[Settings] IPSCOPE_0=string-expression ; Default: - … IPSCOPE_9=string-expression
IPSCOPE_n defines based on the client request if this scope matches or not.
Mulitple Scopes (available since V2.3)
What are scopes?
Scopes are a way to define what information is passed from the DHCP server to the client. Not all clients are the same. There may be mobile devices, test equipment, IP phones, guest laptops, you name it. Sometimes it is necessary to use in example a different range of IP address depending on what type of device it is. This can be achieved with the DHCP Server for Windows with the following INI file:
[Settings] AssociateBindsToPools=1 Trace=1 IPBIND_0=192.168.5.1 IPPOOL_0=192.168.5.2-49 IPSCOPE_0=if(vendorclass=="PHONE-VENDOR","Phones", null) ; IPBIND_1=192.168.5.1 IPPOOL_1=192.168.5.50-99 [General] SUBNETMASK=255.255.255.0
With that INI file all devices with a vendorclass “PHONE-VENDOR” get an IP address from the range 192.168.5.2 to 192.168.5.49. All other devices get an IP address out of the range from 192.168.5.50 to 192.168.5.99.
The DHCP server checks all scopes starting with IPSCOPE_0 to IPSCOPE_9 if it matches to the client request. The first match is picked and the corresponding IPPOOL_n is used as the IP address range. The key to all this is obviously the IPSCOPE_n setting which was introduced with V2.3 of the DHCP server.
The definition of IPSCOPE_n is like it’s own little programming language. The result of the expression formulated in that language is a string. If that string results to a null value, then that particular scope does not match to the client request (e.g. wrong vendor class). If the resulting string is not null then we have a match.
The following is the definition of the IPSCOPE_n syntax:
string_expression ::= simple_string_expression | 'if' '(' logical_expression ',' string_expression ',' string_expression ')' | 'concat' '(' string_expression ( ',' string_expression )* ')' | 'substring' '(' string_expression ',' start_offset ',' length ')' | 'firstvalue' '(' string_expression ( ',' string_expression )* ')' | 'inistring' '(' string_expression ')'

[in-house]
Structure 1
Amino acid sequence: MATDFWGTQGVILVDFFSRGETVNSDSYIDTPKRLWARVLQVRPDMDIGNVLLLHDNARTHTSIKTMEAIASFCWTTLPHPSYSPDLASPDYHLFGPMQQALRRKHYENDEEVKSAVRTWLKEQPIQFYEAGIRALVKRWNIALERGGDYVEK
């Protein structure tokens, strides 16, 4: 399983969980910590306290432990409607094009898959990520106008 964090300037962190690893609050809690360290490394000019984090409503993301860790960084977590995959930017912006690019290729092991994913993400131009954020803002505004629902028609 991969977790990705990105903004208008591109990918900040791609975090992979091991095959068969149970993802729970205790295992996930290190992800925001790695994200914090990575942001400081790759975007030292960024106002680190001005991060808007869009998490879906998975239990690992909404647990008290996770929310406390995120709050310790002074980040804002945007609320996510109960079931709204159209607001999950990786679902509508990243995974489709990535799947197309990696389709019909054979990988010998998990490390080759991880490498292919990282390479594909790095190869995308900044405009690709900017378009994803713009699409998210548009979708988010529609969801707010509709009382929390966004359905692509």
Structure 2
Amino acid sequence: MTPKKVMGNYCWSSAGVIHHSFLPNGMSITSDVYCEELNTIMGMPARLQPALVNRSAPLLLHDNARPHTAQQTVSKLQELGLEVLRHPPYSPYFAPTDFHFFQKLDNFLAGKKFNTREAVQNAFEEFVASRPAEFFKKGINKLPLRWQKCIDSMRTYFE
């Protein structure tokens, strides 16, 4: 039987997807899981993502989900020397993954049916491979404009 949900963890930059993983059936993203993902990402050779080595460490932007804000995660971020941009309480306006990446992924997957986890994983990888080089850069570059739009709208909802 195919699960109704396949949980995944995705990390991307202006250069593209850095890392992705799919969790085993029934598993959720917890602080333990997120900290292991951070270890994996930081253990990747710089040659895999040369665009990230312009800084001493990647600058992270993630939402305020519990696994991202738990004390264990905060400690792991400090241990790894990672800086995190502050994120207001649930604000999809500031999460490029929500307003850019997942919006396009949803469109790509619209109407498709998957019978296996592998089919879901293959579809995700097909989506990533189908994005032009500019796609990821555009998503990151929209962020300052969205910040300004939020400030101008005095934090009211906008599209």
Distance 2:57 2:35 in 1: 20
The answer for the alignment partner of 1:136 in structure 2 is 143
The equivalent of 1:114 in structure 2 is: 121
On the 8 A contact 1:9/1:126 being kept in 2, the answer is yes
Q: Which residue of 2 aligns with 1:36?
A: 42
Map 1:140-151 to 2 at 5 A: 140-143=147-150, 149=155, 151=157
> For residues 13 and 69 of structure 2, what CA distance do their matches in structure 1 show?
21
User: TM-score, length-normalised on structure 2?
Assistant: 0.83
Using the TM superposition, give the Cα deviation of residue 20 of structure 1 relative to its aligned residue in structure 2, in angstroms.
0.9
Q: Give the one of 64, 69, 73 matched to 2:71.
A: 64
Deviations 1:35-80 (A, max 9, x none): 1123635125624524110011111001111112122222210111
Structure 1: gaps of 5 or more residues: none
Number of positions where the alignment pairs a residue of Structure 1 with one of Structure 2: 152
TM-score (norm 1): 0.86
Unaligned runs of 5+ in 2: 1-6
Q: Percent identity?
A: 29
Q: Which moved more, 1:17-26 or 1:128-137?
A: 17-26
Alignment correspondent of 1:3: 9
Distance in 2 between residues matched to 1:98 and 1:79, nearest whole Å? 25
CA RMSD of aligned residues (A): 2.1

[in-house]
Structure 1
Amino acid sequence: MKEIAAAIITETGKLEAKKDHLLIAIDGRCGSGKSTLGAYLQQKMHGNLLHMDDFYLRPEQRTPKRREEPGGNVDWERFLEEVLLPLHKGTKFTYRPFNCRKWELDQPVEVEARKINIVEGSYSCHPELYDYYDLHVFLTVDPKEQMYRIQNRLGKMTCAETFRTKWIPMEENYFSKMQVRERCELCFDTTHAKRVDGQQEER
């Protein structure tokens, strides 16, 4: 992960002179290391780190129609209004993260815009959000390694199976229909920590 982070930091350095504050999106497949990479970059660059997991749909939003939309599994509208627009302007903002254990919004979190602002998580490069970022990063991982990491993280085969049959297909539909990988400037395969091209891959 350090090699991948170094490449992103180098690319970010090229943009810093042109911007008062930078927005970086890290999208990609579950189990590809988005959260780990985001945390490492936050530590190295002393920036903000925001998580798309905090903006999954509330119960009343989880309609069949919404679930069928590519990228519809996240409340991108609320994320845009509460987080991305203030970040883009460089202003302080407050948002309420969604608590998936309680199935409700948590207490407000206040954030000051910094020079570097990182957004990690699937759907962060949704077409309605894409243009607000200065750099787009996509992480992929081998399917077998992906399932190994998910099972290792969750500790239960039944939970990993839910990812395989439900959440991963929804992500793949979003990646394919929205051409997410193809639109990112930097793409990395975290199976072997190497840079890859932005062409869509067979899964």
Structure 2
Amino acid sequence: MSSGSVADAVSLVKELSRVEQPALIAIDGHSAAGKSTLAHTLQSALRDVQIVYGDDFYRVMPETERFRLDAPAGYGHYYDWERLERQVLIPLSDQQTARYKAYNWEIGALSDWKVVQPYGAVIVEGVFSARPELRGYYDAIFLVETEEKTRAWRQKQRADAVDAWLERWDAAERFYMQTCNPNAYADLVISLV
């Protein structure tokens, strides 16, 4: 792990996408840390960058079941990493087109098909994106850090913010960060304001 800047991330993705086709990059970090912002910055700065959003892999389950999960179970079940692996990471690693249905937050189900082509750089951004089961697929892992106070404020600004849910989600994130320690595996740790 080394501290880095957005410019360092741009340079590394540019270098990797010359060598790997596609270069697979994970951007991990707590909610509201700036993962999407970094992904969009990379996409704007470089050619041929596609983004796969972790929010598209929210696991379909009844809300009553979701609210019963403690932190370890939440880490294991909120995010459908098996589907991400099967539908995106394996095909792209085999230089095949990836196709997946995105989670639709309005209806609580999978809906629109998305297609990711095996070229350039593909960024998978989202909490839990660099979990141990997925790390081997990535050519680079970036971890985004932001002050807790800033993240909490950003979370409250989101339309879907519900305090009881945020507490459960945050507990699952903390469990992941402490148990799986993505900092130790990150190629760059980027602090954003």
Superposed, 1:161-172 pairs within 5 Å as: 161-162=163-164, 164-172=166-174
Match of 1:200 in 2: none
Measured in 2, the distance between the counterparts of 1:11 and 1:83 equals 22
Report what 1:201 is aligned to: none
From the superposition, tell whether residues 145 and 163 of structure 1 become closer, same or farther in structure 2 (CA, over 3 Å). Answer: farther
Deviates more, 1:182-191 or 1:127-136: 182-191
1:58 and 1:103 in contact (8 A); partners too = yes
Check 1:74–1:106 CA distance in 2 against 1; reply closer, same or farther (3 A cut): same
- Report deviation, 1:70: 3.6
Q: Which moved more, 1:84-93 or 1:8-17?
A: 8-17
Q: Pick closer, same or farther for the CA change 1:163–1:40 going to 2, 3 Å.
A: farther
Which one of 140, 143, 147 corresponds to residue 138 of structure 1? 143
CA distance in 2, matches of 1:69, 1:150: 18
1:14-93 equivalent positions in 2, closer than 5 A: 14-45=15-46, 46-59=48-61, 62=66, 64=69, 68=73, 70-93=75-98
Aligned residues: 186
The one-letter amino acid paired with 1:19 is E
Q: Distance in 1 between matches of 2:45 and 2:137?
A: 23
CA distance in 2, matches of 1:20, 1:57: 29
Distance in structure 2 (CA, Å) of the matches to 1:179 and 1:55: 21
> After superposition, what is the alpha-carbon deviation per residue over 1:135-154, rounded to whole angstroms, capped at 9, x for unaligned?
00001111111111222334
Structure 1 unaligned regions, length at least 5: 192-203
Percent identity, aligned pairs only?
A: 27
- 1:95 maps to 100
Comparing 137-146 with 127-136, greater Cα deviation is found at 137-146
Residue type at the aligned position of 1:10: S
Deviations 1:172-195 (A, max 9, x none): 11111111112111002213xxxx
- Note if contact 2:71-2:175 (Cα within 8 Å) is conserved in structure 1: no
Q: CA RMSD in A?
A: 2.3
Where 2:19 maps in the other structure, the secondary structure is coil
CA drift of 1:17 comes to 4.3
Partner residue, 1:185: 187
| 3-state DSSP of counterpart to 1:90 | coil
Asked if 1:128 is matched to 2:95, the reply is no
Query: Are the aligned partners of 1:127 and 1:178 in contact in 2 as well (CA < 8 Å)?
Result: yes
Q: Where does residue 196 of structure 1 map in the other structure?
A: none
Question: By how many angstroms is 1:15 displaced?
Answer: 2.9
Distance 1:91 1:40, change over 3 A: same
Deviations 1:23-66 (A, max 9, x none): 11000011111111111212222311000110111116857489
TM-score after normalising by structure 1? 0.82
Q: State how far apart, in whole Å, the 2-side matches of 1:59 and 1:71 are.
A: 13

|if||With if(expr, then, else) you can define the resulting string based on the logical-expression result. If the logical-expression is true then the first string-expression (then) is returned, otherwise the second string-expression (else) is returned.|
|concat||The result of concat(string1, …, stringN) is the concatanation of all strings. Example: concat(“prefix_”, “string”) rersults to “prefix_string”.|
|substring||The result of substring(string, start, len) is a sub-string of len characters starting with the character at offset start (0 based). Example: substring(“hello tom”, 6, 3) is “tom”. If the input string does not contain enough characters, then the result is cut accordingly. The result of substring(“hello tom”, 6, 10) is still “tom”.|
|firstvalue||firstvalue is actually a convinience function. It shortens if/then/else chains such as:
if (vendorclass!=null, vendorclass, if(userclass!=null, userclass, null))
This returns vendorclass or userclass if it is defined (not null) and null if both are not defined. This can be expressed very easy with firstvalue:
firstvalue(vendorclass, userclass, null)
firstvalue basically results in the first parameter that is not null.
|inistring||inistring allows you to evaluate an INI string in the client section of the client that asks for an IP address. Say you want to distinguish clients that have a dynamically assigned IP address from statically allocated clients. Then the following IPSCOPE_0 definition allows you to do so:[Settings]
IPSCOPE_0 = if (!isKnownClient || inistring(“AutoConfig”) != “”, “DYNAMIC”, “STATIC”) ;This IPSCOPE_0 line results to DYNAMIC, if client is unknown or AutoConfig is defined. It results to STATIC, otherwise.
simple_string_expression ::= "simple string in quotes" | 'vendorclass' | 'userclass' | 'hostname' | 'chaddr' | 'ciaddr' | 'clientid' | 'null' | 'OPTION_nnn' | 'OPTIONHEX_nnn'
|vendorclass||Returns the dhcp option 60 string from the current dhcp request.|
|userclass||Returns the dhcp option 77 string from the current dhcp request.|
|hostname||Returns the dhcp option 12 string from the current dhcp request.|
|chaddr||Returns the mac address as it is supplied in the chaddr field of the current dhcp request header as a string. Format of string is “00:01:02:03:04:05″. Including the colons (:) without the quotes (“). Hexadecimal values A-F are encoded in uppercase letters, e.g. “00:1A:2B:3C:4D:5E”.|